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TechBytes with Lorraine Emmett, Managing Director at EC-PR

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TechBytes with Lorraine Emmett, Managing Director at EC-PR

Tell us about your role and what inspired you to start in this PR industry?

I’m the Managing Director so I’m required to be a bit of a jack of all trades – developing the strategies to ensure our business succeeds. That said, my priority is to keep my team happy, inspired and motivated so that they can do the same for our clients. I particularly love developing a Communication strategy and delivery models both for Emmett & Churchman and for our clients – it enables the subsequent PR delivery to be so much more robust and meaningful.

I came into the PR industry as an arrogant young buck who believed that I could change the world! I worked in Advertising back in the 80s at a time when PR was regarded by many marketers as fluffy and intangible – I saw an opportunity to offer an accountable, effective and evocative proposition with a focus on integrated B2B Communication. I haven’t changed the world (quite yet) but it changed mine. I love what we do and the people with whom I have had the opportunity to engage.

Our niche, as far as we have one, is amongst Engineers, Scientists, and Technologists. These are the people who deliver our quality of life, keep us safe and will eventually save the world – we should really insist they all wear blue capes to work so that everyone can readily identify and applaud them! My clients inspire me every day.

You have led PR and B2B Marketing activities for some of the leading brands. Which campaigns are you most closely connected to and why?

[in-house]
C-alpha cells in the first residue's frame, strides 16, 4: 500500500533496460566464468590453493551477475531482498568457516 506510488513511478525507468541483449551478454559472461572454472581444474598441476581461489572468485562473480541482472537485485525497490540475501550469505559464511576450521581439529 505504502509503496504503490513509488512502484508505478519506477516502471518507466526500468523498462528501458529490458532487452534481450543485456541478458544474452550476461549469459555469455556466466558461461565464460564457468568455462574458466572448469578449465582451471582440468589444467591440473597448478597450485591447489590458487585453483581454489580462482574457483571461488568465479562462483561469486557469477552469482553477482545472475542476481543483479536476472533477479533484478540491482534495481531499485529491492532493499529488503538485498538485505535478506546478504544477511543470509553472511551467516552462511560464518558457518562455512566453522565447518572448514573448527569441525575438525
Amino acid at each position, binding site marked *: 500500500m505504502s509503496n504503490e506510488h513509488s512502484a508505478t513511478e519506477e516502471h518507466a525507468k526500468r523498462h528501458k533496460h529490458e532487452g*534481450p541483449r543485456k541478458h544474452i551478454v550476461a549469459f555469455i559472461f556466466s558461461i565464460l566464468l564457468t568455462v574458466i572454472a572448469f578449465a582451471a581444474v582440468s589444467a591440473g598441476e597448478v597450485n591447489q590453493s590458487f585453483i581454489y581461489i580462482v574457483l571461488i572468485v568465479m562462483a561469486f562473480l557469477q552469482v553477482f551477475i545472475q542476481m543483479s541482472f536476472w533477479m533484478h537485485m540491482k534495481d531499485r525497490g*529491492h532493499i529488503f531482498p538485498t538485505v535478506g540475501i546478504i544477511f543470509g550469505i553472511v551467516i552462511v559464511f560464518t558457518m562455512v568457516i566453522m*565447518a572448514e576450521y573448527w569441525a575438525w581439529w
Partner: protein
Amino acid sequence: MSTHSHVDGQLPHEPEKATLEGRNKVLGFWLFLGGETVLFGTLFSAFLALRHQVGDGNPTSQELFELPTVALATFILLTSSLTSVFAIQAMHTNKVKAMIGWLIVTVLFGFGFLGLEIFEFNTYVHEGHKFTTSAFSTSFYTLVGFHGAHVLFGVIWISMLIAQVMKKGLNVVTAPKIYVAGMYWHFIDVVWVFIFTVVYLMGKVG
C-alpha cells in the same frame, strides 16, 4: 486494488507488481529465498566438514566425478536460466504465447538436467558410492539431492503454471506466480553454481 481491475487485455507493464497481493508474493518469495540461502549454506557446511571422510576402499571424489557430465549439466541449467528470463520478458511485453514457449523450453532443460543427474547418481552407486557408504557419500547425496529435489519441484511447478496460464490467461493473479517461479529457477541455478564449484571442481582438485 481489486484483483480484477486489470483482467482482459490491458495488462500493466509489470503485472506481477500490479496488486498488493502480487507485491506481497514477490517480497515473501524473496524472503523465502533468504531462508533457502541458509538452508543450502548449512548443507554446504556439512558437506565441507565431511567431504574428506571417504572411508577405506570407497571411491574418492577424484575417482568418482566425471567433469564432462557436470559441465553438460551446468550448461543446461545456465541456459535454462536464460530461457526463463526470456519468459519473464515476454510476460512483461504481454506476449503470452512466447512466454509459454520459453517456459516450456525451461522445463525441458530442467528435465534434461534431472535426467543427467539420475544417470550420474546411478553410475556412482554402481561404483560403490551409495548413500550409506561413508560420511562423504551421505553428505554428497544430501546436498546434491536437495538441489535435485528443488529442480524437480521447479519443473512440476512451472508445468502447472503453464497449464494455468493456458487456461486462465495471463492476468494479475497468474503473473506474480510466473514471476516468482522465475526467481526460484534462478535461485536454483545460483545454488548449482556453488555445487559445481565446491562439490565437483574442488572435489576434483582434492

I connect with every campaign. Most of our clients are scale-ups. I have masses of respect for the CEOs we work with who put a little piece of themselves on the line to build something unique and improve the status quo. They do this whilst doing all the other things they need to do to keep their workforce safe, content and productive.

Knowing that if they fail so many lives will be wrecked. Yet, they still go into work every day and push the boundaries towards delivering their vision – these are remarkable people doing extraordinary things and if we can help in some small way, that’s amazingly rewarding and motivating.

It’s no surprise that I want to namecheck our client, Concirrus – we’ve worked together for 15 months and I can only describe it as a ‘perfect storm’ of talent, energy, and vision led by an extraordinary engaging and professional team top to bottom; the result is we’ve been empowered to deliver great results, led by my friend and colleague, Liz Churchman.